My concern in starting off in this place is both the Bible and history show that human nature will degenerate as far as it is allowed. Evil men and impostors will wax (grow) worse and worse, or they will go from bad to worse. Human nature always has a tendency to degenerate, and I want you to tie this into the series of sermons that began two sermons ago.

Last week I said, "Do not stand still." What I am beginning to say right here, now, is that conscious efforts have to be made to keep from slipping backward. Human nature, if it is allowed, will degenerate and just keep on going. If it is left on its own, the tendency is almost invariably down and backwards. However, we have found if there is strong leadership, sometimes the tendency is up.

The book of Judges, the book of Kings, and the book of Chronicles shows this very clearly. If there was a good judge, then people tended to follow in that direction. If there was a bad judge, the bottom dropped out of peoples' morals and ethics. The same thing happened with the kings. If there was a good king, things turned in the right direction. Human nature, you see, has this proclivity to adapt to its environment. That is of great concern to any minister who is worth his salt, who is concerned about the well-being of the flock for which he is responsible.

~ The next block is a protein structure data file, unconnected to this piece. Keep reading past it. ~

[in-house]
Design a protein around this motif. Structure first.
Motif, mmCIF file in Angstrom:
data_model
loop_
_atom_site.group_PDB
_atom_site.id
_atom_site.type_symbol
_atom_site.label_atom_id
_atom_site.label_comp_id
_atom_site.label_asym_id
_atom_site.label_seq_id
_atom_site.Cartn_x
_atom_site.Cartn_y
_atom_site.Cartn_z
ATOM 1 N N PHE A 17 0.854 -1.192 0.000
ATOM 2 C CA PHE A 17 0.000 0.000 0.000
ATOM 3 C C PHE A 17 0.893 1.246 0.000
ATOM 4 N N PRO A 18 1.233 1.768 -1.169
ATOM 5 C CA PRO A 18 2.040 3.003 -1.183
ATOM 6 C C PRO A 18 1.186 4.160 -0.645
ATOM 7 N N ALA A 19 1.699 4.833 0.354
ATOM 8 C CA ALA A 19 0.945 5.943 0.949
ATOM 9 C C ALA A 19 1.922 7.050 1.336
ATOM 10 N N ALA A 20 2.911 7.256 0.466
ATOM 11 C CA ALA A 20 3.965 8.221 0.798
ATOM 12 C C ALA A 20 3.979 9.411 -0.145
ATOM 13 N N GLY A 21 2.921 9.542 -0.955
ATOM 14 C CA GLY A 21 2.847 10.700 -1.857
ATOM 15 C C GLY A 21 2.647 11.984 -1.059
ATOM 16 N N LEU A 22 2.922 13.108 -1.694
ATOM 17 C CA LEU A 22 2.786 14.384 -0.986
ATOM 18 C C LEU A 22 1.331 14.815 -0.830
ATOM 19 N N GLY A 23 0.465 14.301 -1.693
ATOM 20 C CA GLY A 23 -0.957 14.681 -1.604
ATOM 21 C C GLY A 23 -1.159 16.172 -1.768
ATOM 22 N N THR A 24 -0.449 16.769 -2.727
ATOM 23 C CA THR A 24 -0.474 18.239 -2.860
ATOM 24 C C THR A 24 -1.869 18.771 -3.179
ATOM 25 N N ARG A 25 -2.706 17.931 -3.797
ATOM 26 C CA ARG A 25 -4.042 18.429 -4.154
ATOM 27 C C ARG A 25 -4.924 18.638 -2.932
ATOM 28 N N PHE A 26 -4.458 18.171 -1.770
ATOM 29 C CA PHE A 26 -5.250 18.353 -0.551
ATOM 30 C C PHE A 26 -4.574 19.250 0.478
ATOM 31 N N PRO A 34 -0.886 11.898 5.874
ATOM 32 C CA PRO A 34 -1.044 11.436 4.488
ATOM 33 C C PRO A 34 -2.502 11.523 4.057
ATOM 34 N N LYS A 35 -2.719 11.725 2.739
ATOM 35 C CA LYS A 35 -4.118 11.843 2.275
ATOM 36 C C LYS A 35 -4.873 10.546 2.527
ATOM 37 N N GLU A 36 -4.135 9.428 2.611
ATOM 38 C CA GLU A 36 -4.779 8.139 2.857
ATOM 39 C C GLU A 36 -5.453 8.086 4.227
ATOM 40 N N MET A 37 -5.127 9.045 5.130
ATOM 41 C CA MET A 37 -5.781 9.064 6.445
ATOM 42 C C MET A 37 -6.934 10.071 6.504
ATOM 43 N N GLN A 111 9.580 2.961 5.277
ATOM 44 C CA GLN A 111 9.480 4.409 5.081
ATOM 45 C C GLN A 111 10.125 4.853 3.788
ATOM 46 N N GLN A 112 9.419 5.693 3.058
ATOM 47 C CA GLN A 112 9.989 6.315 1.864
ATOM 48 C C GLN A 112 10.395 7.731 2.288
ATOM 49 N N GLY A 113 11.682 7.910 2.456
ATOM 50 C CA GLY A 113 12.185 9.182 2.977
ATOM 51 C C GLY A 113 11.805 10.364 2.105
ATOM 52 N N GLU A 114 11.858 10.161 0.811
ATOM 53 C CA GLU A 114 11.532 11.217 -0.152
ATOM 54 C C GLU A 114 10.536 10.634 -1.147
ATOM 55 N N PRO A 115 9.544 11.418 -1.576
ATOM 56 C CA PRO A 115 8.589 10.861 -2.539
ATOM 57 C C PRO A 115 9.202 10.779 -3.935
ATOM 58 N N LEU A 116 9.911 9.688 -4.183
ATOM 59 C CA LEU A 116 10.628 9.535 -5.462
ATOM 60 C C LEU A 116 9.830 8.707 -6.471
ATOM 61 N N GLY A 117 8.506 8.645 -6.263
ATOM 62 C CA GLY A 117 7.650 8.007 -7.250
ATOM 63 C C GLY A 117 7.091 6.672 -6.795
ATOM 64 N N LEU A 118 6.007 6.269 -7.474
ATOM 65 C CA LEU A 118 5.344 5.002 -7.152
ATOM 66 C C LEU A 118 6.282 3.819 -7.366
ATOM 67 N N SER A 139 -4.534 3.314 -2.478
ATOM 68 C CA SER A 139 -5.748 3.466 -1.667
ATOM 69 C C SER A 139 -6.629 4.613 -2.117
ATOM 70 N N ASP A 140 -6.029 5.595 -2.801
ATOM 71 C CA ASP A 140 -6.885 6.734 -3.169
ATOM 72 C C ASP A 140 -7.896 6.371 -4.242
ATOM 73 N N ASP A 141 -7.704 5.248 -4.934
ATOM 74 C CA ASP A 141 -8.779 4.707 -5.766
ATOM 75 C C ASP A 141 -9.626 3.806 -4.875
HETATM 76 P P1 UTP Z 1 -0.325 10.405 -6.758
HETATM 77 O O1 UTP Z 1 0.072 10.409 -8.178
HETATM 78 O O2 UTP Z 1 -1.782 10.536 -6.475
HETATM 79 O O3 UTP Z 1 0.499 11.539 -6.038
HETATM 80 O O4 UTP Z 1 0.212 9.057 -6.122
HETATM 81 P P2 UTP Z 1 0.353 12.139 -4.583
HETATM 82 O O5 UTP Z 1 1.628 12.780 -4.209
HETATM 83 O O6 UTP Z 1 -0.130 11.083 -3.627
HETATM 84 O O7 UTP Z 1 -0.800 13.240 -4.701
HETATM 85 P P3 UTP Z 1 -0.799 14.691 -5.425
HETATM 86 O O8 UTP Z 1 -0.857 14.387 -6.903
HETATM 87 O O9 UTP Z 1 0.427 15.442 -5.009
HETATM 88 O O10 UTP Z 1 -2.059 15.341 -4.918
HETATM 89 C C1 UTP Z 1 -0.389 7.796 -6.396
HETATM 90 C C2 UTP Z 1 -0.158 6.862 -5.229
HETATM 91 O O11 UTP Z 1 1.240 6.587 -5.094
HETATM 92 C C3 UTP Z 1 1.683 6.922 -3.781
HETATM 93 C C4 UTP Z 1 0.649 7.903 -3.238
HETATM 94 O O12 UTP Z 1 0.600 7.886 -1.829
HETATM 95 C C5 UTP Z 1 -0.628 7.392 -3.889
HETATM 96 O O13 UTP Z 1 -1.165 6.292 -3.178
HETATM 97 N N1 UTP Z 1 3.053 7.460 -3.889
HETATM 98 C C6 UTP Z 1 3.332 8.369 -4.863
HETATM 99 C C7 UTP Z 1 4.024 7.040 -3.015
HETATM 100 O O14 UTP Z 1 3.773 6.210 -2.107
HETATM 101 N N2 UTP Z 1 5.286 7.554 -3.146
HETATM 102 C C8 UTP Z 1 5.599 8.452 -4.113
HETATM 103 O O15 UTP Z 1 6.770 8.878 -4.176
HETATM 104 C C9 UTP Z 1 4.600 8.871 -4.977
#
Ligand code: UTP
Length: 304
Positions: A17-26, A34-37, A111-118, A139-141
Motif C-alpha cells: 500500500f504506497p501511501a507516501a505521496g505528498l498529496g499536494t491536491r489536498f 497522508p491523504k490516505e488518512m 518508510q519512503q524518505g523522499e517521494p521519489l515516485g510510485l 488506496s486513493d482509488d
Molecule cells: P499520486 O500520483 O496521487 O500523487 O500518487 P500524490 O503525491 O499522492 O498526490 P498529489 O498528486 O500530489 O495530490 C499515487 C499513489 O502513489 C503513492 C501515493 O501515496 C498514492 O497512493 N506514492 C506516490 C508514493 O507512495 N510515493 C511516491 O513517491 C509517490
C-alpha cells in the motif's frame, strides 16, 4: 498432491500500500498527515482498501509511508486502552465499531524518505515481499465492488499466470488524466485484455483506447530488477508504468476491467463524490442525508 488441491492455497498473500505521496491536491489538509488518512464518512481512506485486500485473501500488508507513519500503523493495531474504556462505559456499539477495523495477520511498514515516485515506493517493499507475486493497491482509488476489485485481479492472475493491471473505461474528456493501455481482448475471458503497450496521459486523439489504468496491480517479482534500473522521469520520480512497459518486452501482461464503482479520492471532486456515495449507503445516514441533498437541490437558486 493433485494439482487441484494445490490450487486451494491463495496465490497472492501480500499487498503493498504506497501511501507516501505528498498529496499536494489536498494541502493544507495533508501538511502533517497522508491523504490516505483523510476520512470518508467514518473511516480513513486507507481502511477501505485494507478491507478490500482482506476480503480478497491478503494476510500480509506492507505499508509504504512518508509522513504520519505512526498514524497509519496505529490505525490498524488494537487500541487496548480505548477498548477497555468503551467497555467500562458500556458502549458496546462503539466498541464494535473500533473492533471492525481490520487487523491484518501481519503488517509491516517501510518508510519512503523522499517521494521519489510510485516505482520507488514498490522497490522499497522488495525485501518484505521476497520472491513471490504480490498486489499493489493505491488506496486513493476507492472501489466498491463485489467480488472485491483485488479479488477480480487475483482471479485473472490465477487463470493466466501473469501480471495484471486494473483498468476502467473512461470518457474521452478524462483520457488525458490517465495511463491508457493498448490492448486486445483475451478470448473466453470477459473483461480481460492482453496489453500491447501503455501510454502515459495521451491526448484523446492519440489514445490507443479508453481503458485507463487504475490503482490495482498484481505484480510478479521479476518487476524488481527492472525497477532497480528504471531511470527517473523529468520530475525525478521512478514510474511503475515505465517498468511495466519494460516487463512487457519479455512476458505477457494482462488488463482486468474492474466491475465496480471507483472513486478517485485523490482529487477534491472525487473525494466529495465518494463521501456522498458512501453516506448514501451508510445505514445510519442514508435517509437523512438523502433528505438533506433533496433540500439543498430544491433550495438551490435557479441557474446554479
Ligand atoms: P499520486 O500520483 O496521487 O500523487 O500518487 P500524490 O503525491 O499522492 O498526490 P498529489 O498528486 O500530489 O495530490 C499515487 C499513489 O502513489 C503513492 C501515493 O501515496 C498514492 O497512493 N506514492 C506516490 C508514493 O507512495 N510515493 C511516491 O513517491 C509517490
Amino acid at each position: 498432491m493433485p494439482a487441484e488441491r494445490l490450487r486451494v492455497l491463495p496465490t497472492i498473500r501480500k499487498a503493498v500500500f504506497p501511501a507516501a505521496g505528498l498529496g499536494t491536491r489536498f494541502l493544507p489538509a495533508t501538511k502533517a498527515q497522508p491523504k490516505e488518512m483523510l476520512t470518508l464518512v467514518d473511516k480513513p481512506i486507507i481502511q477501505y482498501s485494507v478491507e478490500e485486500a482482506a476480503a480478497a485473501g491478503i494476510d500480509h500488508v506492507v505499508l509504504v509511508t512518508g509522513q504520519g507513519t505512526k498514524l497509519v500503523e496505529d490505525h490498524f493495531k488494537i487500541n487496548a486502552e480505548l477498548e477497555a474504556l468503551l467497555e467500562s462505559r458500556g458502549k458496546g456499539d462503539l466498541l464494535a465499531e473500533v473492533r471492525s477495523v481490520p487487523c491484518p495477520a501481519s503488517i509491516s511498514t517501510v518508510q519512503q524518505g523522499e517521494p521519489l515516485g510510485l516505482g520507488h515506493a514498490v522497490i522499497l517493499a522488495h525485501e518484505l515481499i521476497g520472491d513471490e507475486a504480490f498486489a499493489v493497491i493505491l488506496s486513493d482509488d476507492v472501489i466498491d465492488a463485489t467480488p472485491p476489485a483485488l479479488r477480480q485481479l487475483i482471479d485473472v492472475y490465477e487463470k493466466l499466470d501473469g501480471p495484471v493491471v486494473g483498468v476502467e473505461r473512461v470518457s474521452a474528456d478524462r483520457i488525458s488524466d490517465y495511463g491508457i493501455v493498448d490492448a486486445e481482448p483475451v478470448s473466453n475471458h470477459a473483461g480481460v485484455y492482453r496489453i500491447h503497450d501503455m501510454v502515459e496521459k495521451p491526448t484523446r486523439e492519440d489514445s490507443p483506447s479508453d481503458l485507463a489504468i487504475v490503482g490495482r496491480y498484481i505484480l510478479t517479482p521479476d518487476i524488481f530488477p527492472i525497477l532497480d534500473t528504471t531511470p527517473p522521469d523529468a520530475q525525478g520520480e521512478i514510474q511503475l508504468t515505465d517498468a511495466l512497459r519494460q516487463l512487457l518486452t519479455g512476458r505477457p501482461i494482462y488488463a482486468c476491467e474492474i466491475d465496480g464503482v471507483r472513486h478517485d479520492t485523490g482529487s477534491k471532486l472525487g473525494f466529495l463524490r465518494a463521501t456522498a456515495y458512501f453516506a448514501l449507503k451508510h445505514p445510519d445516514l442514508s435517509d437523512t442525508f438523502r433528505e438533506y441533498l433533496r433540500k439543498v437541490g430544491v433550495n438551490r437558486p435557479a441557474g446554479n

Paul was concerned about false teaching coming into the congregation. That is why he wrote this to Timothy to be very careful, because the proclivity of human nature is to go in the direction that is prevalent within the congregation. If there is good leadership, it will have a tendency to go up. If the leadership is weak or passive, it will have a tendency to go down. Human nature has that proclivity, and so Paul was admonishing Timothy to make an effort to continue.

It is interesting that these people who were introducing the heresies within the congregation, (delusion or deception was their weapon) and it was by delusion or deception that they themselves were being slain. I am not talking about being literally killed, but they were heading toward the lake of fire through the very things that they were teaching.

I think it is my experience from reading God's Word that the hardest part of Christianity is not finding new things, but continuing in or holding on to that which we have already learned. The reason for this is because human nature is so adaptable. There is this sheep tendency that is in all of us, and we want to conform to the environment that we are in.